But it was during the after part- the inception- that everything went really bad. I had wandered over to try to sneak more dessert while my mom was distracted talking to Aunt Judy. And that’s when I saw it. A man in a tux had his hand on Allison’s arm, holding it tighter than you hold a baseball bat. And Allison’s face had gone all tomato soup colored like mine does when I say something I’m not supposed to.

They were yelling at each other, but I wasn’t sure what exactly they were talking about. Mom always says my leaves-dropping is a bad habit.

“You’re not right for him!” he snapped.

Allison shot him a look. “I don’t know what you want but you leave us alone you hear!”

My forehead crinkled up as I concentrated on listening. I grabbed some more cake, but even as I stuffed big pieces in my mouth I was more focused on what was going on with Allison.

Of course, right around that time Gerald suddenly seemed to appear out of nowhere. Guess he had to swoop in like Superman to save her from the bad man. Except, instead of going all hero on the bad guy, he started yelling at Allison instead and then some at the other guy who was called Ron. And the guy Ron kept saying the word love over and over again to Gerald and Allison started freaking out real bad, especially when Ron said that they’d apparently been sleeping together for years. I didn’t really understand what everyone was so angry about. I have sleepovers all the time and nobody gets mad, but everybody seemed all upset, especially Allison who went from tomato soup to stop sign red, and Gerald started stammering that he could explain.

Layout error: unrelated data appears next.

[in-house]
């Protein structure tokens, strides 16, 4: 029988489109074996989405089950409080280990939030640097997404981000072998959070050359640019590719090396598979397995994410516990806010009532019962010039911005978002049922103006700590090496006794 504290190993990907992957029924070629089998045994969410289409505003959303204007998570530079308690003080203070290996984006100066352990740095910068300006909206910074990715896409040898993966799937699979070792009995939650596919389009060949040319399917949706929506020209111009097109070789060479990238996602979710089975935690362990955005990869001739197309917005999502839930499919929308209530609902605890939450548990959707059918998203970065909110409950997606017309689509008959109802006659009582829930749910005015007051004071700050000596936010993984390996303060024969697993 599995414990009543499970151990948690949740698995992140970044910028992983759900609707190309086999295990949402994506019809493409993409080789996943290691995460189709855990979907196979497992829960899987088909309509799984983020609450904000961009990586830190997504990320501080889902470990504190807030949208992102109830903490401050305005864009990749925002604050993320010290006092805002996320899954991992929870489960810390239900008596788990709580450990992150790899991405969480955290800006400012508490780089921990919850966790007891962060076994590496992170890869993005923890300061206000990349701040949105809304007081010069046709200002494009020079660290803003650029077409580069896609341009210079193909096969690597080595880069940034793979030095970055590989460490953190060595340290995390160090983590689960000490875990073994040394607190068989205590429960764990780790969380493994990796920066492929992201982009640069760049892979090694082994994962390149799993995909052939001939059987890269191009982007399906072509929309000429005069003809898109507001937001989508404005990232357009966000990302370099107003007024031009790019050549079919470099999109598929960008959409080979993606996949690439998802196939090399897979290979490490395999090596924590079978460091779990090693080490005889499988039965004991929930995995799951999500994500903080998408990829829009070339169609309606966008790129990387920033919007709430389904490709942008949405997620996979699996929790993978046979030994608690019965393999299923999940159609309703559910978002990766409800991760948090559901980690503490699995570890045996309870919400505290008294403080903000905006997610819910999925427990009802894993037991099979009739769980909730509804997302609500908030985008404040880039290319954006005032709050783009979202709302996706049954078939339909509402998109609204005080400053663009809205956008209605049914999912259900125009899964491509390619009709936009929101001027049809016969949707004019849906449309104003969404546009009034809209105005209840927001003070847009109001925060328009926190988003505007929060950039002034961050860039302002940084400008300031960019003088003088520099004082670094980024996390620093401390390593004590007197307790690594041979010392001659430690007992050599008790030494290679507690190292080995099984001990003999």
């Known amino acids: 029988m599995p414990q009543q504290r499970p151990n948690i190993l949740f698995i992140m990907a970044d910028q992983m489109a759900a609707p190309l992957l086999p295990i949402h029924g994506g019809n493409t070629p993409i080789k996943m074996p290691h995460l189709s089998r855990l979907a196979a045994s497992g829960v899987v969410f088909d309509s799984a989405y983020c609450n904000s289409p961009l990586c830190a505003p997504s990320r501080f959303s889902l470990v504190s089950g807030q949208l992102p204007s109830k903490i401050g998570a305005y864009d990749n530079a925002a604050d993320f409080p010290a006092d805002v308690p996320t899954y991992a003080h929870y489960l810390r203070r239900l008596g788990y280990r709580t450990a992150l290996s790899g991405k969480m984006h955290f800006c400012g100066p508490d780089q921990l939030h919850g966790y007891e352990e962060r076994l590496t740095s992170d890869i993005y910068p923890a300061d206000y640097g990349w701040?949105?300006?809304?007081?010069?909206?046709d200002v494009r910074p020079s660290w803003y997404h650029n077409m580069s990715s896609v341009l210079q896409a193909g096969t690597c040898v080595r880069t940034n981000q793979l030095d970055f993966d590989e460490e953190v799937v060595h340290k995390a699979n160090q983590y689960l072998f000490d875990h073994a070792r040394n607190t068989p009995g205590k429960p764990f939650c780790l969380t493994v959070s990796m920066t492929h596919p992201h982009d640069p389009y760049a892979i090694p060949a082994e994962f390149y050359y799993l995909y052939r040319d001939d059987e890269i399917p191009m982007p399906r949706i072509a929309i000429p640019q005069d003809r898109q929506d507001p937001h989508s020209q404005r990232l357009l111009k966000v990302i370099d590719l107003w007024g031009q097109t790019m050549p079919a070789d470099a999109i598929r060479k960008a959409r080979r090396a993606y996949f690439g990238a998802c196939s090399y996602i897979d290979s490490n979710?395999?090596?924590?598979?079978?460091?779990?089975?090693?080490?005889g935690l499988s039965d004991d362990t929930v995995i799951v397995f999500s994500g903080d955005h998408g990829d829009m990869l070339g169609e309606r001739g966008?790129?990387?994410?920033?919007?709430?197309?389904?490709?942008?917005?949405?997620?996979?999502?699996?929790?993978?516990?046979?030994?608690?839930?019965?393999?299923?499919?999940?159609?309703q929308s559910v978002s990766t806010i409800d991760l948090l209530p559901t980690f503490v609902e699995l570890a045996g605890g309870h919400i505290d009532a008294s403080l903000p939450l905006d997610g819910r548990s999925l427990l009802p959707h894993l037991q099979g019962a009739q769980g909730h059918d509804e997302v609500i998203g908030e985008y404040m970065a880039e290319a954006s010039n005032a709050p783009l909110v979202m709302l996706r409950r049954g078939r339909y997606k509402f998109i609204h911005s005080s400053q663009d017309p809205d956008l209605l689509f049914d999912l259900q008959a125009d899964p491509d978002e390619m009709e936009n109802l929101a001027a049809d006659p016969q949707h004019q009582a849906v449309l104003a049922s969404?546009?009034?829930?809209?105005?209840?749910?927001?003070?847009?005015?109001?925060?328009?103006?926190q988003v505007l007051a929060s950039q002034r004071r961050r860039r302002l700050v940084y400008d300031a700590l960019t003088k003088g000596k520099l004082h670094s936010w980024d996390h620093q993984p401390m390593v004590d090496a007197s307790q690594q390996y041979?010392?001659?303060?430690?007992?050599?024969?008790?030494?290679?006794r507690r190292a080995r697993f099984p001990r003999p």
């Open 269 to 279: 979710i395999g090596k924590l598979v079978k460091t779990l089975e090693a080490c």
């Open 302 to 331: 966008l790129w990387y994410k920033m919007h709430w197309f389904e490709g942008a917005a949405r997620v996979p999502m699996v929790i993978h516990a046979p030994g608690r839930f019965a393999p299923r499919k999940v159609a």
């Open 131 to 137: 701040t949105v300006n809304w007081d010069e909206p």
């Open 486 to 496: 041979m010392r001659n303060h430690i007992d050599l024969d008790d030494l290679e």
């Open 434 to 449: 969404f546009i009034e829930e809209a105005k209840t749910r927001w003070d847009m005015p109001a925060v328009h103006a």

Either way there was a lot of yelling and people started noticing something wasn’t quite right and soon there was more commotion and hollering. It’s funny cause mom always tells me that I’m not supposed to yell and I’m a big girl so I can talk in a normal voice, but for some reason all the adults got into their yelling and didn’t seem to notice that they were breaking the rules. And next thing I knew Allison was slapping Gerald, and then the guy Ron was punching at Allison, and suddenly he and Gerald were wrestling on the ground like me and daddy always used to do. And Allison was screaming and crying some more, but I wasn’t sure what that meant since she’d been crying all along.

Mom took me home sometime after that. And all I know now is that Allison and Gerald don’t see each other anymore, which is weird since they just got married. So I guess those vows things aren’t really that important after all. And I saw Gerald once at the mall having lunch with Ron, so I guess they still get to be friends and have sleepovers. But mom says I can’t talk about it, and all Allison says when I see her is that men are bass tards, which I still don’t understand and mom gets mad at me whenever I repeat it.

So that’s why I never ever want to get married. But mom says I might change my mind later. I think she’s got it all wrong.


Filed under Writing

Blind- A Halloween Short Story